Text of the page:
Moelis & Company, where I now serve as vice-chairman, was one of those companies that went public in 2014. Since then, the business has grown, and, as a result, employment with the firm has grown as well. Our number of managing directors is up over 15 percent since the IPO.
There are many other companies that could tell a similar story. Earlier this year, a study by the Wall Street Journal revealed that the 454 companies that had gone public under the provisions of the JOBS Act created approximately 82,000 new jobs. The number of employees for these companies was up roughly 30 percent from their pre-IPO head count. By comparison, from the time of enactment of the JOBS Act to the time the study was undertaken, overall private-sector employment was up only 6.6 percent. To be fair, some of these companies would have gone public and would have created new jobs — even without the JOBS Act. But the expedited IPO provisions made it easier for these companies to raise capital through a successful public offering.
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While it is long past time for the SEC to finalize the crowdfunding rules, there will still be more work to do. For example, studies point to the recent surge in banking regulations as contributing to the collapse of new bank start-ups. Fewer new banks mean less access to competitive capital for businesses and families.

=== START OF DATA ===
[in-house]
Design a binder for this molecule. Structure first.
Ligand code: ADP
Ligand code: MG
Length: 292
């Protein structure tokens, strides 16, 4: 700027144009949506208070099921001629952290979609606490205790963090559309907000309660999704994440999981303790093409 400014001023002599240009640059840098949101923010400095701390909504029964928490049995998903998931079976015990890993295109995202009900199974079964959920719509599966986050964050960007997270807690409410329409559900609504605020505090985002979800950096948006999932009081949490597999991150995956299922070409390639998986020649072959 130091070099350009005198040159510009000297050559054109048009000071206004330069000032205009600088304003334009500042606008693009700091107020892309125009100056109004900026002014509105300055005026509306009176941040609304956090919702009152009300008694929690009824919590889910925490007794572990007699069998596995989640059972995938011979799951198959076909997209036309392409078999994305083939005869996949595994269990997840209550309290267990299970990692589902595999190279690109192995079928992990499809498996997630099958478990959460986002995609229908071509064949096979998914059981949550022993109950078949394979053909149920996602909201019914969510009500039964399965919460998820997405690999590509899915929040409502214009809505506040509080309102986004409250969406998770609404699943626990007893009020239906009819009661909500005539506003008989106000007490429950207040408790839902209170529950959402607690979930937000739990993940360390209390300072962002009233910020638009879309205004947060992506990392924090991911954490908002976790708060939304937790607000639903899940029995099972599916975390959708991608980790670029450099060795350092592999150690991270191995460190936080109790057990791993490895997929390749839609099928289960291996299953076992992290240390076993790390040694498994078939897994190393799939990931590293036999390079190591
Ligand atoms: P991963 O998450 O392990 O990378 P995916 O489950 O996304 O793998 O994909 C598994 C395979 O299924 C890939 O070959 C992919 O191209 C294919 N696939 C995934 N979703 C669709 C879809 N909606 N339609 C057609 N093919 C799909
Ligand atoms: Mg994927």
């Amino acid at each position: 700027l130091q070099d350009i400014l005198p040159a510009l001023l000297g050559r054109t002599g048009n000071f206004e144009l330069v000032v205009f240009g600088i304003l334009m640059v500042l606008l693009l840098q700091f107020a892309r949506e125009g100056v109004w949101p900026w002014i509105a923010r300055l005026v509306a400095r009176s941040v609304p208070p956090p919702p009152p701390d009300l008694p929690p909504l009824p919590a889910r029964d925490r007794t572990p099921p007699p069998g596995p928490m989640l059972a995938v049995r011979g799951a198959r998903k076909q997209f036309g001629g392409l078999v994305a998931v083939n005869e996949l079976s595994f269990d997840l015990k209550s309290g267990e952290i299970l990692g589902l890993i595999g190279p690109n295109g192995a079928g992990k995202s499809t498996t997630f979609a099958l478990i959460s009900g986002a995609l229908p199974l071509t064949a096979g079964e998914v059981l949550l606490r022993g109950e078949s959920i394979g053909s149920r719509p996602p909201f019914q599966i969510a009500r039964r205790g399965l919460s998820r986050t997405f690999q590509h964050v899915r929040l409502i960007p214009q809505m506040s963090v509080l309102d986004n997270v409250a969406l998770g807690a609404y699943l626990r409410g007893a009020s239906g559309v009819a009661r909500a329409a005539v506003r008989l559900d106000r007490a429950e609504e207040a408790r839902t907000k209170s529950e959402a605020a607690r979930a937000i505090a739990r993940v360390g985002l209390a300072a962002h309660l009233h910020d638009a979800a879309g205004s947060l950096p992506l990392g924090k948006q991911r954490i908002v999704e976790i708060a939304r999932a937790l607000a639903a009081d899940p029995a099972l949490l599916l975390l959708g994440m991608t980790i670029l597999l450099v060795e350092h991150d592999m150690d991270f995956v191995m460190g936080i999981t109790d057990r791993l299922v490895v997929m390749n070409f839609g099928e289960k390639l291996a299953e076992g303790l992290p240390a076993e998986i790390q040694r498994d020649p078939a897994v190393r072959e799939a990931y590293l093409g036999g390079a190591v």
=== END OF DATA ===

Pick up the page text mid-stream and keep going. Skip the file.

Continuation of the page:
Similarly, our patent laws, tax code, and business-formation rules all need reform. The bad news is that much remains to be done. The good news is that the JOBS Act is proof that we can in fact make progress in creating the type of environment that is necessary to support the entrepreneurs and start-ups we are all counting on to grow our economy.
Commentary by Eric Cantor, the former House majority leader, who served as the U.S. representative for Virginia's 7th congressional district from 2001 to 2014. He is currently vice chairman and managing director at Moelis and Co. Follow him on Twitter @EricCantor.